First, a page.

Radial Transport of Ions and Water Across the Root

There are two parallel pathways or movement of ions (solutes) and water across the cortex towards the stele: one passing through the apoplasm (cell walls and intercellular

Passage Water Through The Root

Rhizodermis

Fig. 2.31 Part of transsection of a maize root showing the symplasmic (A) and apoplasmic (B) pathway of ion transport across the root.

Rhizodermis

Fig. 2.31 Part of transsection of a maize root showing the symplasmic (A) and apoplasmic (B) pathway of ion transport across the root.

spaces, Section 2.2.1) and another passing from cell to cell in the symplasm through the plasmodesmata. In the symplasmic pathway ions, but not water, bypass the vacuoles (Fig. 2.31). As a rule the apoplasmic pathway of ions is constrained by the Casparian band in the walls of the endodermal cells. This band has hydrophobic properties and completely surrounds each cell. Additionally in basal root zones the cell walls of the endodermis become thicker and even lignified (tertiary endodermis). Recently, the key role of the endodermis and the Casparian band as effective barrier also for radial movement of water has been questioned. At least in young roots, despite the hydrophobic properties of the Casparian band, water seems to permeate this band readily (Peterson etal., 1993; Schreiber et al., 1994).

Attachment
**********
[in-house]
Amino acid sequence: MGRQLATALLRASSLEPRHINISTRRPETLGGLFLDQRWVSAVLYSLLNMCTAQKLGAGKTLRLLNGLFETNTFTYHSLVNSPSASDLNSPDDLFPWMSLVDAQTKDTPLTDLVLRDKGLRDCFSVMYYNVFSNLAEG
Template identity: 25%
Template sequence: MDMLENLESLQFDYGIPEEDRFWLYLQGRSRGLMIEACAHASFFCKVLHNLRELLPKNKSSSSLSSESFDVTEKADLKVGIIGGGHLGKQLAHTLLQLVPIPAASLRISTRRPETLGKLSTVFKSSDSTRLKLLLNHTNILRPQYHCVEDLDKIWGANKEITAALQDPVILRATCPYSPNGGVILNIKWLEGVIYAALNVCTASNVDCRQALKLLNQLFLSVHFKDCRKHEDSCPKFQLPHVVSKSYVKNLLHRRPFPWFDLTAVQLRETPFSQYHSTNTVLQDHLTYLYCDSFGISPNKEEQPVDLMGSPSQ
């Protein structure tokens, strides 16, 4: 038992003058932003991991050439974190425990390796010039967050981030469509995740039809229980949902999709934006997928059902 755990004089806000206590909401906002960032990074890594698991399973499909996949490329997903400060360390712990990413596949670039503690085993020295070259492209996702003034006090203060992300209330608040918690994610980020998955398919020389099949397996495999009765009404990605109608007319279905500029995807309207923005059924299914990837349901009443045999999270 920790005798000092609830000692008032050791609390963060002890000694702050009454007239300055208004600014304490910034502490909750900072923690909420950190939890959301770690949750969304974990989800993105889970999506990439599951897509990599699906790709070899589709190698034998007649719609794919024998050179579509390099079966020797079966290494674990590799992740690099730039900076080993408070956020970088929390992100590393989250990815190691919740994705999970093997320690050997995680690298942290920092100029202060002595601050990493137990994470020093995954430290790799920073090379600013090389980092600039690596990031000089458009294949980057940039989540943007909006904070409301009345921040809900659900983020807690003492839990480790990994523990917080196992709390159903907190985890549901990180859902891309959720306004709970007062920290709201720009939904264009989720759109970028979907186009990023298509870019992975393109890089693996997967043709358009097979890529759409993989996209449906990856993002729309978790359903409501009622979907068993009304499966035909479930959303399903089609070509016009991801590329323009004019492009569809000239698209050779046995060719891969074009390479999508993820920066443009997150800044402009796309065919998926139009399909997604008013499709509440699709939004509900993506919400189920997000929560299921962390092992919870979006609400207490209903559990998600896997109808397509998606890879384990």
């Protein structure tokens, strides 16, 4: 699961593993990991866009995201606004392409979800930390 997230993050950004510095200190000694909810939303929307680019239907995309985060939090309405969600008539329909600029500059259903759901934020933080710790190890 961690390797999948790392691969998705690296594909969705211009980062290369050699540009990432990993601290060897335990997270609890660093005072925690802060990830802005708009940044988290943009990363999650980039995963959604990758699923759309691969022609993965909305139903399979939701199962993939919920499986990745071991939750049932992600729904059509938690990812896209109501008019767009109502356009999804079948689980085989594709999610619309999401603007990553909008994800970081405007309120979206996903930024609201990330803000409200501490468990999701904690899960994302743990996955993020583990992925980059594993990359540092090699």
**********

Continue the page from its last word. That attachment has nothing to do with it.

Depending on the plant species and the root zone the apoplasmic pathway may already be constrained or blocked by the exodermis (Fig. 2.31) or suberization of the rhizodermis. Formation of an exodermis is found, for example, in Zea mays, Allium cepa, or Helianthus annuus, but not in Vicia faba or Pisum sativum (Enstone and Peterson, 1992). However, there are somewhat different views on the function of the exodermis as effective barrier for transport of water and solutes in the apoplasm of the root cortex (Section 2.5.1). Termination of the apoplasmic pathway at the exodermis as suggested by Enstone and Peterson (1992) would confine in basal root zones both water influx and ion transport across the plasma membrane into the symplasm to the rhizodermal cells. Although rhizodermal cells play a key role in mineral nutrient uptake in general (Grunwald et al., 1979) and at low external concentrations of potassium and phosphate in particular (Drew and Saker, 1986), it is not possible to generalize on the relative importance of the two pathways in ion and water transport in the root cortex. This depends on: (a) the external concentration compared with the capacity and affinity of the transport system at the plasma membrane for a given ion (e.g., K+ > Na+; NOJ > H3B 03; Section 2.5.5); (b) the root zone considered: depending on the growth rate of the root, the exodermis may develop between 2 cm and 12 cm proximal to the root tip (Perumalla and Peterson, 1986) and may possess 'passage cells' (Storey and Walker,

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Responses

  • gavin
    What is radial transport?
    7 years ago
  • ulrike
    What transports water and ions to the center of the root?
    4 years ago
  • jose
    What is radial movement of ion?
    1 year ago
  • anu
    What is radial movment of water?
    3 months ago

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